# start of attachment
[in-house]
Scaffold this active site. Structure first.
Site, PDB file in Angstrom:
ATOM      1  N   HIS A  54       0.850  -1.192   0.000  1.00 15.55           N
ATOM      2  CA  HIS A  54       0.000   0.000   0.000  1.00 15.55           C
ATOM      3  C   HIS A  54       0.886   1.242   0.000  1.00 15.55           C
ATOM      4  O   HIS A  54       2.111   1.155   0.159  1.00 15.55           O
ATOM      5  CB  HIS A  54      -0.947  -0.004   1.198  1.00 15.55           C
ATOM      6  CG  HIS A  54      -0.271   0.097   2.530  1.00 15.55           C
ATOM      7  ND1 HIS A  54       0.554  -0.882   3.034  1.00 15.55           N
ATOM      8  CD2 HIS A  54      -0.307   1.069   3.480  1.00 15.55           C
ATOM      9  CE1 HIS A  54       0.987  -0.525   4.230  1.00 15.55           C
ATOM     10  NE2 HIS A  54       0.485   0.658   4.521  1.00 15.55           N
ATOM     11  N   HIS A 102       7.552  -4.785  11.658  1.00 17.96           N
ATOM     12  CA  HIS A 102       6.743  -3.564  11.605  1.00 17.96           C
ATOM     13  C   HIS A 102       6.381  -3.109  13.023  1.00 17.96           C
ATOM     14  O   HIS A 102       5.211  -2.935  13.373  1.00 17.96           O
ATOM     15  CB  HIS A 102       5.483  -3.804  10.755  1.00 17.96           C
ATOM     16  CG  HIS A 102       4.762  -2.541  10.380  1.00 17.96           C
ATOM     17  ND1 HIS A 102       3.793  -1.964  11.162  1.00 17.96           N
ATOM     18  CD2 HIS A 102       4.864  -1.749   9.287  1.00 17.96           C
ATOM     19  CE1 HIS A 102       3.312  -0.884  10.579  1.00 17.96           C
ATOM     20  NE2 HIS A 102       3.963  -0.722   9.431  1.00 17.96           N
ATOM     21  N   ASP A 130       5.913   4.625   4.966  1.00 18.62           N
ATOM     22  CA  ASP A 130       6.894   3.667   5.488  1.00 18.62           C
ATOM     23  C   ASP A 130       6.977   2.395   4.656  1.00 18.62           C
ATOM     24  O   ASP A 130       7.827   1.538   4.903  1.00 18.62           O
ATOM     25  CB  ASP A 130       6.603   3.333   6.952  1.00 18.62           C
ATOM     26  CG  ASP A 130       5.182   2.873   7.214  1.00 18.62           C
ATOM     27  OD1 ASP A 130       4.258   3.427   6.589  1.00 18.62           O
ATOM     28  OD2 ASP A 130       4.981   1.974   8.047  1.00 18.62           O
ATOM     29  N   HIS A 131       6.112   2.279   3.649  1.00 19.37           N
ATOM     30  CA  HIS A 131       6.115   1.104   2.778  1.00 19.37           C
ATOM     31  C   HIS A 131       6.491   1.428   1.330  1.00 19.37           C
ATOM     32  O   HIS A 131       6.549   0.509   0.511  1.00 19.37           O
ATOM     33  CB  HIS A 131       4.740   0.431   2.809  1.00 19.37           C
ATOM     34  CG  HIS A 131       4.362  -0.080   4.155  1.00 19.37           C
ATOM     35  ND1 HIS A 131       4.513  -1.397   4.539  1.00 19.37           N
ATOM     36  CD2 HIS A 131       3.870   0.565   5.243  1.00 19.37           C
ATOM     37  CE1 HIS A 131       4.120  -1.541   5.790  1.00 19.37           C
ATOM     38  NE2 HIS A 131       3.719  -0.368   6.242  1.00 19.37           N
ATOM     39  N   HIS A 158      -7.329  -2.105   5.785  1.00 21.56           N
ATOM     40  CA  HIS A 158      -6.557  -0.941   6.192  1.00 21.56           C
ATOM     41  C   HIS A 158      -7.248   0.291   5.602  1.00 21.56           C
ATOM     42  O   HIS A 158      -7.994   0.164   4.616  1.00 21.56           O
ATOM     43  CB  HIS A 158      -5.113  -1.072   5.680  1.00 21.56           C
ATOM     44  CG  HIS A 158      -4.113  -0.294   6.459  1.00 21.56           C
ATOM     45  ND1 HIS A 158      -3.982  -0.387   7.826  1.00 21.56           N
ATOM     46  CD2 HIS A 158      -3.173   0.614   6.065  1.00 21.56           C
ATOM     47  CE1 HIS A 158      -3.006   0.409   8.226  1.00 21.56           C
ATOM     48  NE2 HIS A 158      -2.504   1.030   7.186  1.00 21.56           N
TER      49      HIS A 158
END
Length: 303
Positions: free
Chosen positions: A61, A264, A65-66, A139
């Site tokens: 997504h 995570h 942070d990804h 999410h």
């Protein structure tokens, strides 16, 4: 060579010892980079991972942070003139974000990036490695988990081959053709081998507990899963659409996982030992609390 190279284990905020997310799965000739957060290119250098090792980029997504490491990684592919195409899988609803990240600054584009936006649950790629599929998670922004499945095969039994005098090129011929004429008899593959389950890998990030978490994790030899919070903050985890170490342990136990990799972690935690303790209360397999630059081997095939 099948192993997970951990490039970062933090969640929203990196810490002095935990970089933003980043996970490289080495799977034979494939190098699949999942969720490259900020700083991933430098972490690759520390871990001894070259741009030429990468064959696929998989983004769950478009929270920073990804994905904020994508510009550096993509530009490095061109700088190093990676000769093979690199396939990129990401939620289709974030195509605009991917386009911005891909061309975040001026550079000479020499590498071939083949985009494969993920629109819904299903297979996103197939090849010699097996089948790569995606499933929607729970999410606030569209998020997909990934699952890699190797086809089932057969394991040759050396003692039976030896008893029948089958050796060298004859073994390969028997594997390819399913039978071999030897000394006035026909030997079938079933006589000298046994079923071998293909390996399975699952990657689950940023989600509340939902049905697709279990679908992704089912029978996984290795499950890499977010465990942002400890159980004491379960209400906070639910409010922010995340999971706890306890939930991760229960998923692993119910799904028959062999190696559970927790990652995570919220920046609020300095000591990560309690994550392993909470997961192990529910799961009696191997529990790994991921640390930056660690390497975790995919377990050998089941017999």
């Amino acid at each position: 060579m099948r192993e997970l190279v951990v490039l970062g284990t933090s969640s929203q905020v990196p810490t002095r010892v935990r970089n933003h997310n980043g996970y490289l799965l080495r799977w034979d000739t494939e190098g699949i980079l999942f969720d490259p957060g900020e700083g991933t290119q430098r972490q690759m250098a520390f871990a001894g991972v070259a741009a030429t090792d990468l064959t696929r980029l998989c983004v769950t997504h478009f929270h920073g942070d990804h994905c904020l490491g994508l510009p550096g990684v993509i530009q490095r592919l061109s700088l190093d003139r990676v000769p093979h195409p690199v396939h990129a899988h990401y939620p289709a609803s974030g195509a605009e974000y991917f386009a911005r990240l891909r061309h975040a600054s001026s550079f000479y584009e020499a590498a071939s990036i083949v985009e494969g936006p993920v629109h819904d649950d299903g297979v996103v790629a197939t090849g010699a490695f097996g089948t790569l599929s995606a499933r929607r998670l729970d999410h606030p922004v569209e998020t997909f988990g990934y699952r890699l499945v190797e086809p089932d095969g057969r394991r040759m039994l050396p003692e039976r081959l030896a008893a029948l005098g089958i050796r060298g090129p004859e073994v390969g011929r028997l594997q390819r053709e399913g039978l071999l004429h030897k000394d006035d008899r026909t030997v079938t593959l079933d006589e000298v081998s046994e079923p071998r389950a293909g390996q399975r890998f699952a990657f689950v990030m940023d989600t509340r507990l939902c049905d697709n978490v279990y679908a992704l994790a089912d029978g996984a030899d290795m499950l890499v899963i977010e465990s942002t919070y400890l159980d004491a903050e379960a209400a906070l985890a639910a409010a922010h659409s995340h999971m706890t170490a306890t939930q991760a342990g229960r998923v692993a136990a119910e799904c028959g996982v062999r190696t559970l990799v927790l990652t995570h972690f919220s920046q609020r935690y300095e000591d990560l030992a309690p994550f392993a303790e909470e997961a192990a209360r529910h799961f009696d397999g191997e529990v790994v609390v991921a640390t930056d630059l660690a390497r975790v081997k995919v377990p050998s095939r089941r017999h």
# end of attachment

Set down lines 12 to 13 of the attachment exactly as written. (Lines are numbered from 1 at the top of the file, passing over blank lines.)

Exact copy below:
ATOM      9  CE1 HIS A  54       0.987  -0.525   4.230  1.00 15.55           C
ATOM     10  NE2 HIS A  54       0.485   0.658   4.521  1.00 15.55           N